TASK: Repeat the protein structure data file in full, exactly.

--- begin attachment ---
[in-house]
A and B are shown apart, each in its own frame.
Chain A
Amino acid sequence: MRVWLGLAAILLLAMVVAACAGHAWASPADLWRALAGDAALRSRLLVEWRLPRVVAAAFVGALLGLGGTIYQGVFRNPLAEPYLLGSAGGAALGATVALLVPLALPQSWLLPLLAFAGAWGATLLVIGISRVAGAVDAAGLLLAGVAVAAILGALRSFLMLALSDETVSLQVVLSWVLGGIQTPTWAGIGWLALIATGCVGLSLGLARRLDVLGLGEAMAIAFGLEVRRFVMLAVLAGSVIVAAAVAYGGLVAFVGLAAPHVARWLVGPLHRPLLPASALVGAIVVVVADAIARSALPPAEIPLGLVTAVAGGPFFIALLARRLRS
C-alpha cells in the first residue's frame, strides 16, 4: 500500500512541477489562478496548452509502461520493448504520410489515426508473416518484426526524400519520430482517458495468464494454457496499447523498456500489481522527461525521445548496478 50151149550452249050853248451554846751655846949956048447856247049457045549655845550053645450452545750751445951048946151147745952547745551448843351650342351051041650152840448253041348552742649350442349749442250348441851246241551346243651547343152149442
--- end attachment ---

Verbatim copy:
[in-house]
A and B are shown apart, each in its own frame.
Chain A
Amino acid sequence: MRVWLGLAAILLLAMVVAACAGHAWASPADLWRALAGDAALRSRLLVEWRLPRVVAAAFVGALLGLGGTIYQGVFRNPLAEPYLLGSAGGAALGATVALLVPLALPQSWLLPLLAFAGAWGATLLVIGISRVAGAVDAAGLLLAGVAVAAILGALRSFLMLALSDETVSLQVVLSWVLGGIQTPTWAGIGWLALIATGCVGLSLGLARRLDVLGLGEAMAIAFGLEVRRFVMLAVLAGSVIVAAAVAYGGLVAFVGLAAPHVARWLVGPLHRPLLPASALVGAIVVVVADAIARSALPPAEIPLGLVTAVAGGPFFIALLARRLRS
C-alpha cells in the first residue's frame, strides 16, 4: 500500500512541477489562478496548452509502461520493448504520410489515426508473416518484426526524400519520430482517458495468464494454457496499447523498456500489481522527461525521445548496478 50151149550452249050853248451554846751655846949956048447856247049457045549655845550053645450452545750751445951048946151147745952547745551448843351650342351051041650152840448253041348552742649350442349749442250348441851246241551346243651547343152149442